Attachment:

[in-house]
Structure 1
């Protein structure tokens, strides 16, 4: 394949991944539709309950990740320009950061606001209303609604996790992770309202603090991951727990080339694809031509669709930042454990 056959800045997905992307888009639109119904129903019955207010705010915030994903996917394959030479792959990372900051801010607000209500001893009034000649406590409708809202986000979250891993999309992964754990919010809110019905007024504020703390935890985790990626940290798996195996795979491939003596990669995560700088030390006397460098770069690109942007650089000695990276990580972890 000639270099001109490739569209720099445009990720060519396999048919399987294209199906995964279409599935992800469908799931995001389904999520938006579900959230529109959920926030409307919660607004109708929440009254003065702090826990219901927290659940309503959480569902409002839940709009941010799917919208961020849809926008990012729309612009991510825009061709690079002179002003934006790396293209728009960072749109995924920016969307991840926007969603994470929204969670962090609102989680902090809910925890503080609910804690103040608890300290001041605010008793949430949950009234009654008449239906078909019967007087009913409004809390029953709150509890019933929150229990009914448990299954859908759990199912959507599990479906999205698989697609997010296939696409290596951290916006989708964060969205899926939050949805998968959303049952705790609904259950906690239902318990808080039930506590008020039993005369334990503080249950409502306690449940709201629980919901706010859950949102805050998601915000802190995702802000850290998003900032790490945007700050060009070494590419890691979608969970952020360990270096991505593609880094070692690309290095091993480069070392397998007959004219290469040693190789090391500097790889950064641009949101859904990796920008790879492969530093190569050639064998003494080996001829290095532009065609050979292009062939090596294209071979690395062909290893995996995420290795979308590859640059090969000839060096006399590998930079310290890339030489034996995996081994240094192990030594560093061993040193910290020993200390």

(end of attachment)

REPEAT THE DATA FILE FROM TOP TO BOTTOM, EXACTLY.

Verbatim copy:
[in-house]
Structure 1
């Protein structure tokens, strides 16, 4: 394949991944539709309950990740320009950061606001209303609604996790992770309202603090991951727990080339694809031509669709930042454990 056959800045997905992307888009639109119904129903019955207010705010915030994903996917394959030479792959990372900051801010607000209500001893009034000649406590409708809202986000979250891993999309992964754990919010809110019905007024504020703390935890985790990626940290798996195996795979491939003596990669995560700088030390006397460098770069690109942007650089000695990276990580972890 000639270099001109490739569209720099445009990720060519396999048919399987294209199906995964279409599935992800469908799931995001389904999520938006579900959230529109959920926030409307919660607004109708929440009254003065702090826990219901927290659940309503959480569902409002839940709009941010799917919208961020849809926008990012729309612009991510825009061709690079002179002003934006790396293209728009960072749109995924920016969307991840926007969603994470929204969670962090609102989680902090809910925890503080609910804690103040608890300290001041605010008793949430949950009234009654008449239906078909019967007087009913409004809390029953709150509890019933929150229990009914448990299954859908759990199912959507599990479906999205698989697609997010296939696409290596951290916006989708964060969205899926939050949805998968959303049952705790609904259950906690239902318990808080039930506590008020039993005369334990503080249950409502306690449940709201629980919901706010859950949102805050998601915000802190995702802000850290998003900032790490945007700050060009070494590419890691979608969970952020360990270096991505593609880094070692690309290095091993480069070392397998007959004219290469040693190789090391500097790889950064641009949101859904990796920008790879492969530093190569050639064998003494080996001829290095532009065609050979292009062939090596294209071979690395062909290893995996995420290795979308590859640059090969000839060096006399590998930079310290890339030489034996995996081994240094192990030594560093061993040193910290020993200390």